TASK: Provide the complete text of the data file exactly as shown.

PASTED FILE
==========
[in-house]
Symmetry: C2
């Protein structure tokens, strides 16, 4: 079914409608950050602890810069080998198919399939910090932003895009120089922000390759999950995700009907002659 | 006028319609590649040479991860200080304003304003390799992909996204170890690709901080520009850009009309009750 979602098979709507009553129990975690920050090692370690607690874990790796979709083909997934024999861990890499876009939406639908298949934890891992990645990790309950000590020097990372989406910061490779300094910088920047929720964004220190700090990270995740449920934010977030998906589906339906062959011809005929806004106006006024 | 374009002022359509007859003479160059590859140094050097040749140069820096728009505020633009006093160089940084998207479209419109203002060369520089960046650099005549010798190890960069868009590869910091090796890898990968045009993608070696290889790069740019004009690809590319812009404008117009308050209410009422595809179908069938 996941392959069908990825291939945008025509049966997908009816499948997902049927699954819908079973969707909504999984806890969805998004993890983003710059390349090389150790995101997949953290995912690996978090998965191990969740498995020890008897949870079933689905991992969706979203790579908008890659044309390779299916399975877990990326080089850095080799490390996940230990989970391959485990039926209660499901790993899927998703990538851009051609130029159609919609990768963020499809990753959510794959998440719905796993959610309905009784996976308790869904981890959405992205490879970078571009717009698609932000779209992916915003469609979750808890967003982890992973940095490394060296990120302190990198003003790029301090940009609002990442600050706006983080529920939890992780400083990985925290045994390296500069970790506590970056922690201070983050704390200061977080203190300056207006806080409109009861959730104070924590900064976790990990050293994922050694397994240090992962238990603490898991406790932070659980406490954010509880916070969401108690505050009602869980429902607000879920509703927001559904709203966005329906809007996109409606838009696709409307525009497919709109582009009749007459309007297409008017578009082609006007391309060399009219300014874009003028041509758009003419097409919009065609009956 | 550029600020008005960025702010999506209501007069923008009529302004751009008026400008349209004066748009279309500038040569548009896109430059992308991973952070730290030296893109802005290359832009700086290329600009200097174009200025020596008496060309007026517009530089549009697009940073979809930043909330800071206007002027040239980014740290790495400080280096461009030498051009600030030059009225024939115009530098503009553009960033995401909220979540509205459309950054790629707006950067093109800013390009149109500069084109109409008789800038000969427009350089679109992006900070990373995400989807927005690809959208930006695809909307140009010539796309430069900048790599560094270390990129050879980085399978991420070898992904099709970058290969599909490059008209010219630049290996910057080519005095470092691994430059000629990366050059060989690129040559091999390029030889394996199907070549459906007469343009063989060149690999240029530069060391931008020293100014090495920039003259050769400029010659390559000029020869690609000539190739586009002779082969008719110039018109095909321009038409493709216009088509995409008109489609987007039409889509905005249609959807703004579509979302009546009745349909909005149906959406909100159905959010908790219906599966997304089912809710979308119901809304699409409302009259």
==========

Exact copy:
[in-house]
Symmetry: C2
């Protein structure tokens, strides 16, 4: 079914409608950050602890810069080998198919399939910090932003895009120089922000390759999950995700009907002659 | 006028319609590649040479991860200080304003304003390799992909996204170890690709901080520009850009009309009750 979602098979709507009553129990975690920050090692370690607690874990790796979709083909997934024999861990890499876009939406639908298949934890891992990645990790309950000590020097990372989406910061490779300094910088920047929720964004220190700090990270995740449920934010977030998906589906339906062959011809005929806004106006006024 | 374009002022359509007859003479160059590859140094050097040749140069820096728009505020633009006093160089940084998207479209419109203002060369520089960046650099005549010798190890960069868009590869910091090796890898990968045009993608070696290889790069740019004009690809590319812009404008117009308050209410009422595809179908069938 996941392959069908990825291939945008025509049966997908009816499948997902049927699954819908079973969707909504999984806890969805998004993890983003710059390349090389150790995101997949953290995912690996978090998965191990969740498995020890008897949870079933689905991992969706979203790579908008890659044309390779299916399975877990990326080089850095080799490390996940230990989970391959485990039926209660499901790993899927998703990538851009051609130029159609919609990768963020499809990753959510794959998440719905796993959610309905009784996976308790869904981890959405992205490879970078571009717009698609932000779209992916915003469609979750808890967003982890992973940095490394060296990120302190990198003003790029301090940009609002990442600050706006983080529920939890992780400083990985925290045994390296500069970790506590970056922690201070983050704390200061977080203190300056207006806080409109009861959730104070924590900064976790990990050293994922050694397994240090992962238990603490898991406790932070659980406490954010509880916070969401108690505050009602869980429902607000879920509703927001559904709203966005329906809007996109409606838009696709409307525009497919709109582009009749007459309007297409008017578009082609006007391309060399009219300014874009003028041509758009003419097409919009065609009956 | 550029600020008005960025702010999506209501007069923008009529302004751009008026400008349209004066748009279309500038040569548009896109430059992308991973952070730290030296893109802005290359832009700086290329600009200097174009200025020596008496060309007026517009530089549009697009940073979809930043909330800071206007002027040239980014740290790495400080280096461009030498051009600030030059009225024939115009530098503009553009960033995401909220979540509205459309950054790629707006950067093109800013390009149109500069084109109409008789800038000969427009350089679109992006900070990373995400989807927005690809959208930006695809909307140009010539796309430069900048790599560094270390990129050879980085399978991420070898992904099709970058290969599909490059008209010219630049290996910057080519005095470092691994430059000629990366050059060989690129040559091999390029030889394996199907070549459906007469343009063989060149690999240029530069060391931008020293100014090495920039003259050769400029010659390559000029020869690609000539190739586009002779082969008719110039018109095909321009038409493709216009088509995409008109489609987007039409889509905005249609959807703004579509979302009546009745349909909005149906959406909100159905959010908790219906599966997304089912809710979308119901809304699409409302009259």